The History of the Appearance of Kiwi in Nutrition
The fruit and berries of an herbaceous vine known as Actinidia Chinensis. Botanically speaking, kiwis are fruit, however many consider them to be fruits.
Liana was originally from China was originally small and sour fruit. They were referred to as”chinese circle” because of their size “Chinese circle”. In the 20th century the gardener brought the kiwi plant from China to New Zealand. He began breeding, and a few years later came up with the soft, sweet and succulent kiwi that we are familiar with in the present.
The name for these fruits was coined from the very same person who was the gardener because of their resemblance to Kiwi bird with similar name. She is a symbol for New Zealand, has a soft and round body like the fruits of Actinidia.
The name for these fruits was decided to them by the gardener due to their resemblance with the bird kiwi of identical name. She is a symbol for New Zealand, has a large and fluffy body that is very similar to the fruit of Actinidia.
Kiwi is second in popularity in the category of tropical fruits closely followed by pineapple. The primary producers of kiwi are New Zealand and Italy.
Kiwi has an enzyme called actinidin. It helps break down proteins, which makes food more digestible. Apart from actinidin the acids in kiwi aid digestion. This is crucial when there is a deficiency of hydrochloric acids in the stomach. In Chinese medicine Kiwi is a specific ingredient to aid digestion in addition to reducing the chance of kidney stones.
Kiwi is the world record in the world for having vitamin C. He lost his palm to black currants. A mere 100 grams fresh of kiwi contain four times the daily requirement to get Vitamin C. It helps strengthen the immune system and can help combat colds.
In addition, when you consume the kiwi, a decrease in blood flow is evident, meaning that the chance of thrombosis being reduced. The potassium found in these fruits reduces blood pressure and reduces hypertension.
Kiwi has more benefits than only nutrition. The effects of the organic acids in Kiwi on skin’s surface is that it reduces the appearance of pigmentation and the skin is more supple. Reduces wrinkles and flaking on the skin.
“Kiwi is an extremely potent allergen for certain people, such as pregnant women and infants. It is recommended not to feed the fruit to children under age and add it to the diet later in age and cautiously.
Kiwi is also a source of acid which can cause dermatitis and harm tooth enamel. It is possible to reduce the effects by washing the mouth thoroughly with water following eating Kiwi, “advises gastroenterologist Olga Arisheva.
The use of Kiwi in Medicine
Because of the abundance of antioxidants and fruit acids the kiwi fruit is used as a cosmetology ingredient in peels and facial masks. Kiwi fruit is a great cleanser for the skin and assists in removing dead skin cells. Furthermore, this fruit has natural collagen that helps improve the appearance of skin and tighten it.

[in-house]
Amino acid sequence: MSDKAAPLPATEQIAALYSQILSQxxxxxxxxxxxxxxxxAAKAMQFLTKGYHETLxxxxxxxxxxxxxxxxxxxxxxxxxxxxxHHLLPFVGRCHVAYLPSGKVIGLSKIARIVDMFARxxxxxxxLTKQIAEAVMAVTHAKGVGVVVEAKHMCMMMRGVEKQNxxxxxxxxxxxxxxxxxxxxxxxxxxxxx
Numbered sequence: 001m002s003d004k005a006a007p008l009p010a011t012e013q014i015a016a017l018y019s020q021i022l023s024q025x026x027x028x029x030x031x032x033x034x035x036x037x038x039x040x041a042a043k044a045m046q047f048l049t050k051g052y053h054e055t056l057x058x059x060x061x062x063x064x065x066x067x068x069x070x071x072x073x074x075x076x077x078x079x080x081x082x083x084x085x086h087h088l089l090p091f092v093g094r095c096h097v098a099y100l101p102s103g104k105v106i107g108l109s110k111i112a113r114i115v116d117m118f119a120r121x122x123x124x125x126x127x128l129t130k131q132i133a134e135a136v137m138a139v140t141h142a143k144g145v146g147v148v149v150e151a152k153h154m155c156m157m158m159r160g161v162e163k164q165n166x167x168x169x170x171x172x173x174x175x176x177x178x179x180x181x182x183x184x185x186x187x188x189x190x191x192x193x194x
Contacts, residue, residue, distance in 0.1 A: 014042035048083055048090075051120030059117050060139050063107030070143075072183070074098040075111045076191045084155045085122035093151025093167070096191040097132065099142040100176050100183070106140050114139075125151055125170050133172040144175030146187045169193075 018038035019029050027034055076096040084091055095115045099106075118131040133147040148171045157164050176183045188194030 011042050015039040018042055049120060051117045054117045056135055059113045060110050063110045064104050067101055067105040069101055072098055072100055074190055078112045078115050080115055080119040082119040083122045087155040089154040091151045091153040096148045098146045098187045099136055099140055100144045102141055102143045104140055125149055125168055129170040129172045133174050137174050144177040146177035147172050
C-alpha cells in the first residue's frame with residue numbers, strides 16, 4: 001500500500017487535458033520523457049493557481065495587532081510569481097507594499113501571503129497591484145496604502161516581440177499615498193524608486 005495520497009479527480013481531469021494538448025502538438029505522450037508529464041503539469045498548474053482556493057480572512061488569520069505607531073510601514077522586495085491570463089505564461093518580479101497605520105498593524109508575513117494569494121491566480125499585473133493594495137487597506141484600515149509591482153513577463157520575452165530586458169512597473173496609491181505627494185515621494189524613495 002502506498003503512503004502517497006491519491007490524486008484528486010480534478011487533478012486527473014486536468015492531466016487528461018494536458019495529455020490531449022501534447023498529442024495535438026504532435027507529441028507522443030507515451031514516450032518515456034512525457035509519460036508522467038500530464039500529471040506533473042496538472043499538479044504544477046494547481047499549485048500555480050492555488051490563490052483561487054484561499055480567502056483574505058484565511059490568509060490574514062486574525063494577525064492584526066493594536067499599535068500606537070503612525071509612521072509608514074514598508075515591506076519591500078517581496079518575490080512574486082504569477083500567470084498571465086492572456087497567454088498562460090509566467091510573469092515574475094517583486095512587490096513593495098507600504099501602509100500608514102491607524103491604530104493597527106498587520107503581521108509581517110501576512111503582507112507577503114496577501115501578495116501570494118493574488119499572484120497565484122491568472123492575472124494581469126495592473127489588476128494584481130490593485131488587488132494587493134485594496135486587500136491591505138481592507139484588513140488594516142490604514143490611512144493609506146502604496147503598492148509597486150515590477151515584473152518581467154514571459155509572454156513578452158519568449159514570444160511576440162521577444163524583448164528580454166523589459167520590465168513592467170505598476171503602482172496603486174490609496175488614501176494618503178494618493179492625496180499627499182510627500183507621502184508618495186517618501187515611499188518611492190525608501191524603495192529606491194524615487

Kiwi is rich in actinidin which is which is a chemical that increases absorption of proteins. This is why kiwi, or its extract can be suggested to improve digestion particularly after eating lots of dairy or meat products.
Kiwi has also been proven as a natural alternative to aspirin, a blood thinner. Kiwi lowers the risk of blood clots. This can be beneficial in the treatment of diseases of the blood vessels and heart.
The use of Kiwi in Cooking
Kiwi is a popular choice due to its refreshing flavor and its bright flavor, that is also akin to many fruits, is great for desserts with sweets. Jelly, preserves, pies and mousses are all made of it.
Kiwi in Chocolate
A healthy and festive treat. It is possible to insert ice cream sticks or skewers in the circles of kiwi to help you eat it.
- Kiwi 3 pieces of Kiwi
- Black chocolate – 150g
- Cream – 80 ml
- Sprinkles (nuts coconut) 2 tablespoons. spoons
Cut the chocolate in pieces and then pour into the cream, then melt it in your microwave. You can also melt it in bath of water. Do not let the chocolate simmer, otherwise the chocolate will curl.
Peel the kiwi, then cut them into long circles, each measuring 8 millimeters. Place a stick in the middle and dip each half of kiwi in the chocolate melt.
Sprinkle with nuts immediately or coconut flake and pastry powder. Let the chocolate set and serve.
The bright marmalade is delicious as is or as a topping for cakes and pie.
- Kiwi – 1 kg
- Sugar – 1 kg
- Juice of half a Lemon
- Gelling mixture (or gelatin, agar-agar) – 1 sachet
Peel, slice, and chop into pieces. Grind using an electric blender , or pusher. Add lemon, sugar, as well as gelling agents (amount according to the directions).
In a saucepan, place it in the flame while stirring continuously. The mixture will simmer for seven minutes and the jam will begin to get thicker. Pour hot jam into sterile jars
How to Choose and Store Kiwi
Ripe kiwi is firm , but soft, and the skin isn’t cracked or wrinkled. When the fruit appears soft and there are wet spots, it means that the kiwi was overripe and is beginning to lose its elasticity. The hard fruit is, however isn’t yet ripe. At this point it’s bitter and flavorless.
Kiwi is not a long-lasting fruit. At the temperature of room the fruit can turn into a state of decay in only five days. It is possible to extend shelf life by storing them in the refrigerator. Prior to this the fruit is ripe, it doesn’t require washing before they can be laid for about two weeks.
There is also the option of buying green kiwis, which won’t spoil for more than a few months in the fridge. Prior to use you can allow them to develop a ripeness by wrapping them in a bag, along with bananas or apples and put them in the refrigerator for a couple of days. Ethylene in other fruits will help speed the process of the process of ripening